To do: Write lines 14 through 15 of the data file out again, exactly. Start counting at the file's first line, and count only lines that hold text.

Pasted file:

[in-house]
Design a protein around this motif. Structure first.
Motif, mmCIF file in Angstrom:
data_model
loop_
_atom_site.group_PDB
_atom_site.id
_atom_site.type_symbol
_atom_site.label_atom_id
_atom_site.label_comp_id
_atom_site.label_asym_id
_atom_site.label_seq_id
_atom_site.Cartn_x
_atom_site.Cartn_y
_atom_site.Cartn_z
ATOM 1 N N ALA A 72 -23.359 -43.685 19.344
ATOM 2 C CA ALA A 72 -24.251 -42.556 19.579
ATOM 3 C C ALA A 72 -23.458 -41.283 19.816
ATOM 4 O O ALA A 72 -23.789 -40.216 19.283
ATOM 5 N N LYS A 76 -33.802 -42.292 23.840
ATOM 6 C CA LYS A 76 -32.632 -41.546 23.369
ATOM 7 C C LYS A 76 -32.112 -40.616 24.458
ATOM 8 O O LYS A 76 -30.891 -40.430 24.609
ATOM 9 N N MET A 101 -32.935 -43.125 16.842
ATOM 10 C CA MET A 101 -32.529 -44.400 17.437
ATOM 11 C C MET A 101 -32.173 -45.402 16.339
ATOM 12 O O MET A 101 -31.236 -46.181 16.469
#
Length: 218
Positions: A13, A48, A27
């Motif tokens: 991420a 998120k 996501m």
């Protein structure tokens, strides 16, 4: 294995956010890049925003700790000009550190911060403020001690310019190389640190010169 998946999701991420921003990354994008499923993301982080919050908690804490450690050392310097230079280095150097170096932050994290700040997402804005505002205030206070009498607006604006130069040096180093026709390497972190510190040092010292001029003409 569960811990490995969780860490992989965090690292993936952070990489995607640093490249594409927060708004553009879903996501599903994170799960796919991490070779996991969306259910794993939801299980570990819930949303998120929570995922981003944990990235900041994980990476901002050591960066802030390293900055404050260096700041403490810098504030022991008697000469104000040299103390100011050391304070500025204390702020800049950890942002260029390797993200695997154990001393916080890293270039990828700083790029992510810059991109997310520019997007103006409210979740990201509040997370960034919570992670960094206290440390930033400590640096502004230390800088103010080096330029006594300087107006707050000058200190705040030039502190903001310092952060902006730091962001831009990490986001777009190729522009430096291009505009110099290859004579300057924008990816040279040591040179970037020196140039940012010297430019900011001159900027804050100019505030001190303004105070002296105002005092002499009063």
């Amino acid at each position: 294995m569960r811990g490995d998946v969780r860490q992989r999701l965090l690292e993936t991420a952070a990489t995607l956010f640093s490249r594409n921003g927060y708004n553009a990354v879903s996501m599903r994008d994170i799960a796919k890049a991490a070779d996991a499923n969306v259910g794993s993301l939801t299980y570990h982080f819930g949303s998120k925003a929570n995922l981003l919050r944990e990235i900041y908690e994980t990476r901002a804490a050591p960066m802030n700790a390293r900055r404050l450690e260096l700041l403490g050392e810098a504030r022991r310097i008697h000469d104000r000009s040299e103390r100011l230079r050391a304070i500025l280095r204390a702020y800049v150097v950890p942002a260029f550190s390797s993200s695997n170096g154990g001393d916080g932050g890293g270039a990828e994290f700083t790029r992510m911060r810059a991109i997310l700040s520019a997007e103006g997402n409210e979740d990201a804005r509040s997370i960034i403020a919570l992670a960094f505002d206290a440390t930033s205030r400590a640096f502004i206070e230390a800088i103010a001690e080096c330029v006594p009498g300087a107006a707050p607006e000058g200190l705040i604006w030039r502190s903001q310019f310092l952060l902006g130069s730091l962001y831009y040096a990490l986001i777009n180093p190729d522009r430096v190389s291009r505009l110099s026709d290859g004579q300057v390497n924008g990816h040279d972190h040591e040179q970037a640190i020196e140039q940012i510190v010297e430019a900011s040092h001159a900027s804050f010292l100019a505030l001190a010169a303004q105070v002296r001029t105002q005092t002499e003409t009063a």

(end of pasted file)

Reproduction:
_atom_site.Cartn_y
_atom_site.Cartn_z